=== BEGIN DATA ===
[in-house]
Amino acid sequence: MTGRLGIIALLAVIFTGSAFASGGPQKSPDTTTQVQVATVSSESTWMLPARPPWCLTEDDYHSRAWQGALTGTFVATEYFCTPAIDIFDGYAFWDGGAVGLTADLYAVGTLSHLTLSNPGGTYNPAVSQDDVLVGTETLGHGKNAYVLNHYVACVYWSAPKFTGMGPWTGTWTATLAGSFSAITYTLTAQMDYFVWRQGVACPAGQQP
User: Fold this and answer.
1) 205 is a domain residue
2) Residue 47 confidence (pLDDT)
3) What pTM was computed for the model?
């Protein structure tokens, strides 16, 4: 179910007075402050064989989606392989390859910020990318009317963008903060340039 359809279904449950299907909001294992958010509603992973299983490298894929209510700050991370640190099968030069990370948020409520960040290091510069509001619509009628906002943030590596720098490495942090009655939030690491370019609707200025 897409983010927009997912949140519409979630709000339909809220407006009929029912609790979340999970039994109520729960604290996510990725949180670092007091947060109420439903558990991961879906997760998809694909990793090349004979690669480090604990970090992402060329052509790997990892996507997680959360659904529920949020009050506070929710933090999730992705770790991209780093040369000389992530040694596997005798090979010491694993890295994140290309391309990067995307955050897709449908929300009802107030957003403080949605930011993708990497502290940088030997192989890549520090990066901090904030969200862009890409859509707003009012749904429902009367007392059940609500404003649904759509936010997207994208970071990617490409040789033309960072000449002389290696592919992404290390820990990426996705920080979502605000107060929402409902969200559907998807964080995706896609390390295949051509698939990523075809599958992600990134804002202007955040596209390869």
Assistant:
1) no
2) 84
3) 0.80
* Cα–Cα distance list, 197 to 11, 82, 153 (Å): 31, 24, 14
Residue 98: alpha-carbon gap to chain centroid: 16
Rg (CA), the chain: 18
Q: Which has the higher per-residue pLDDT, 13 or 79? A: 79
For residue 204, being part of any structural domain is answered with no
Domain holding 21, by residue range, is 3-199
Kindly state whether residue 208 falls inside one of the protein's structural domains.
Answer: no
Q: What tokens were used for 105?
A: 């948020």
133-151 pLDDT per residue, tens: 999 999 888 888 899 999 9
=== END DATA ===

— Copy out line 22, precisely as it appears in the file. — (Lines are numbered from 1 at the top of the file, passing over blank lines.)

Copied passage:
133-151 pLDDT per residue, tens: 999 999 888 888 899 999 9